European Court 'hate figure' in UK
The European Court of Human Rights (ECHR) is criticised more regularly and overtly by Britain than any of the other 47 countries in which its jurisdiction runs, its outgoing president said.
Writing in the Independent, Sir Nicolas Bratza, who is British, said it was "frustrating" and "disappointing" to see the court becoming a "hate figure" in the UK.
The court, based in Strasbourg, was once again in the spotlight as Prime Minister David Cameron flatly ruled out giving prisoners the vote, a decision that put him at loggerheads with his chief law officer and an ECHR ruling against a blanket ban.
Giving evidence to MPs, Attorney General Dominic Grieve said the ruling imposed "an international legal obligation on us". But Mr Cameron told the Commons: "No-one should be in any doubt. Prisoners are not getting the vote under this government."
Writing about the European court system, Sir Nicolas said: "The UK's contribution to that system has been immense. It is therefore frustrating and disappointing to see that, largely because of a single judgment concerning the right to vote of some categories of convicted prisoners, the court has become a sort of hate figure, not just in the popular press, but also in the soundbites of politicians, some of them senior, and, even more disturbingly, judges - again some of them senior."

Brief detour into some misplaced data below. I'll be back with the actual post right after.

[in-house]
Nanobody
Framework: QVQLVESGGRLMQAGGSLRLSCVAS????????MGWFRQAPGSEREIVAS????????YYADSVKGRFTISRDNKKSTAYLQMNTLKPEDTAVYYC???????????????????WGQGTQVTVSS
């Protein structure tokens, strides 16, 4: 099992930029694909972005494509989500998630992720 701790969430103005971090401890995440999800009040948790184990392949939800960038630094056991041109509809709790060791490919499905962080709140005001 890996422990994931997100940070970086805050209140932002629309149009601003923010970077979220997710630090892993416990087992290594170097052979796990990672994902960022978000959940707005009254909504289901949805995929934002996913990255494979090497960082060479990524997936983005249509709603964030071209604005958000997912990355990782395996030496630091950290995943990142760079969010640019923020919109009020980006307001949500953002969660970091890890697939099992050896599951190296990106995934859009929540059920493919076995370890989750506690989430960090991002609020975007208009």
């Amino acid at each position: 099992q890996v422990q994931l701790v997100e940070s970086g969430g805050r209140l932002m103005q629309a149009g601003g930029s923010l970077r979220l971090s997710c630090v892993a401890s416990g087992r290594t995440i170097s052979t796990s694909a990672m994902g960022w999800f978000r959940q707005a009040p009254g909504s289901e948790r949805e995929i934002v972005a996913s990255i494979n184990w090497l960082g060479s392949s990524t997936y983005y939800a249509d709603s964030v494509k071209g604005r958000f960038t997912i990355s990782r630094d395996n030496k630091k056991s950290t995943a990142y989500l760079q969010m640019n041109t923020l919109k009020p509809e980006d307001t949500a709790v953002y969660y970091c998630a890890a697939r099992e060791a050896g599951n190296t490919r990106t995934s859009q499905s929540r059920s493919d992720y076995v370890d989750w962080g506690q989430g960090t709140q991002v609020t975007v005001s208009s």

Sir Nicolas also said the Government had a range of options to comply with the ECHR ruling and that there were "workable and politically acceptable solutions".
He also said it was no surprise that public opinion about the court in the UK has been "overwhelmingly negative".
Sir Nicolas wrote: "With regard to the popular press, this is perhaps not unexpected. The rule of law requires that even the most - deservedly - unpopular persons are entitled to the same protection as anyone else. This is well-nigh impossible to sell to public opinion.
"To explain that a person who is committed to destroying the society in which you live is entitled to the protection which is the hallmark of that society - and, indeed, ultimately what preserves it - is a challenge most politicians are not prepared to take up."
Mr Cameron's official spokesman earlier denied that the PM was in disagreement with the Attorney General on prisoner voting, saying that the "single government view" on the issue was that prisoners should not get the vote.